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^ Isn't that true though. He did sleep with her and Mel did seem to go after Jon too.

It's probably true but showing it so early helps define his character to the point that it overwhelms the whole "this is Robert's eldest brother who is the rightful heir to the throne and wants to bring the Lannisters to justice". It makes him "guy who cheats on his wife with the redheaded slut", as HK-47 said. It would've been better to leave it ambiguous - the explanation given in the show for the sex, I think, a little weird especially considering Stannis then asks Davos to take Mel to the cave. Does Stannis think the shadowbaby will be his heir and also a trained assassin? What?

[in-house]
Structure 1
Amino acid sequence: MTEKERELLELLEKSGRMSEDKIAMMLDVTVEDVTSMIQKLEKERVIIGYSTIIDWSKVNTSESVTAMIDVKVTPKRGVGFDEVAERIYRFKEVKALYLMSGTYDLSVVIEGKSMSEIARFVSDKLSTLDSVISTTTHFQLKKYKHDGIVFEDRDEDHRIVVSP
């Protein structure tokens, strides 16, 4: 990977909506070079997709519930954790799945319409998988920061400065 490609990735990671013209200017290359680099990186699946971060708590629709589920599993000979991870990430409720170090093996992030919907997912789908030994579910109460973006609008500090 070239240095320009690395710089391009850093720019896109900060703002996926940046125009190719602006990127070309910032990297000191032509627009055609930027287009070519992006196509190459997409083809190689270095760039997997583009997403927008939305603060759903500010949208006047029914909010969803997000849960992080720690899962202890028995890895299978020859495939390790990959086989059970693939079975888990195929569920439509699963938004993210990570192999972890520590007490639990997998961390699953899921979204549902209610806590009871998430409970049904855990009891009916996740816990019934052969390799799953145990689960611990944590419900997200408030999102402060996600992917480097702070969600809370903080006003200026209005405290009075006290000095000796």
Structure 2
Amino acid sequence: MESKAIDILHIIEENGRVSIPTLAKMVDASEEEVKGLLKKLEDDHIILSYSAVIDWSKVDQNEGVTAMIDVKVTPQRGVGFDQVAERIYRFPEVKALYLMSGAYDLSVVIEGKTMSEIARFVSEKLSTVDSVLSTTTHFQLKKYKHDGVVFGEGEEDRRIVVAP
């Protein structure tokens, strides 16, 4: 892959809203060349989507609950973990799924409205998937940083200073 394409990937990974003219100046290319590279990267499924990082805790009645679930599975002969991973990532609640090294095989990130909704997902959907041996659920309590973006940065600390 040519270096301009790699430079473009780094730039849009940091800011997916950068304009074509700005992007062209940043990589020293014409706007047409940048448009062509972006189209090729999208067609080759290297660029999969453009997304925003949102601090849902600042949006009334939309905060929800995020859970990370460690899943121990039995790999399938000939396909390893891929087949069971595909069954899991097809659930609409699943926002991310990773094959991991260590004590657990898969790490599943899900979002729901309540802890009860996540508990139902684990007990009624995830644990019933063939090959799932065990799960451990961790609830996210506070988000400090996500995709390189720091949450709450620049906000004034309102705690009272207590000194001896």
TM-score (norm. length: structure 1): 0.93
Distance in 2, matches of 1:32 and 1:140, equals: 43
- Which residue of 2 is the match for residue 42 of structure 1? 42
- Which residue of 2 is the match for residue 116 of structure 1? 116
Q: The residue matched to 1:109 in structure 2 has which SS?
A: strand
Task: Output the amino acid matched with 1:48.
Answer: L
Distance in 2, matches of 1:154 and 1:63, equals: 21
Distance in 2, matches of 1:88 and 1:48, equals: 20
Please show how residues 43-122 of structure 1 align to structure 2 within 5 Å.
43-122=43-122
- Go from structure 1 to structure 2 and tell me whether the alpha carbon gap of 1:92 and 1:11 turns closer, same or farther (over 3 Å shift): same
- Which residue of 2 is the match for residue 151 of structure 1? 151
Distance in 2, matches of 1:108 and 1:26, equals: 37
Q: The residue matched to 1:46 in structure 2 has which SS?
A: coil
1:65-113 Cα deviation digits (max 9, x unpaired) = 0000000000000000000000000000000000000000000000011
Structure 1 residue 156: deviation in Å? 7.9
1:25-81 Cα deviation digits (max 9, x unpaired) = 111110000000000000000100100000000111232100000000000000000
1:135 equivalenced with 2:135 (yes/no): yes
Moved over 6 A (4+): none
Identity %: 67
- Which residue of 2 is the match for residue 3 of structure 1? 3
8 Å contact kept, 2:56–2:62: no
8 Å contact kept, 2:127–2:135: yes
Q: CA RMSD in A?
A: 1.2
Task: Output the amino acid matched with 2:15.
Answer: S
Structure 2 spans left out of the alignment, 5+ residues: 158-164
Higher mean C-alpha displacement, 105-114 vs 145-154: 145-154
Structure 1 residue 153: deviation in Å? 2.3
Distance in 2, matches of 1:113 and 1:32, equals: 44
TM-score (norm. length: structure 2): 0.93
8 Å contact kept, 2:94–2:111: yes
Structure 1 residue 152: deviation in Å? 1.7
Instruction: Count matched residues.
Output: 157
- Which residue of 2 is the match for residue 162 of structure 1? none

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I agree 100% though much of the problem is also the writing. In the book A Clash of Kings, Stannis's feelings and motives are well documented. We know why he is the way he is and why he is taking the action

1. He saw his parents destroyed in a horrific shipwreck right outside of his own castle: "I stopped believing in gods the day I saw the Windproud break up across the bay. Any gods so monstrous to drown my mother and father would never have my worship, I vowed." (ACOK 172)

2. He felt slighted by Robert for a number of reasons. The first was his love for Stark and lack of appreciation for Stannis, despite all he did. He thanked Stark for breaking the siege, not Stannis for holding the castle. He blames Stannis for allowing Viserys to escape from Dragonstone. He is mad that he named Ned Stark hand of the king.

3. He wanted Storm's End, his ancestral home. He held it for over a year under siege. Sure he also took Dragonstone from the Targaryens, but what he wanted was Storm's End: "I never asked for Dragonstone. I never wanted it...Storm's End belong to House Baratheon for three hundred years; by rights it should have passed to e when Robert took the Iron Throne." (ACOK 24)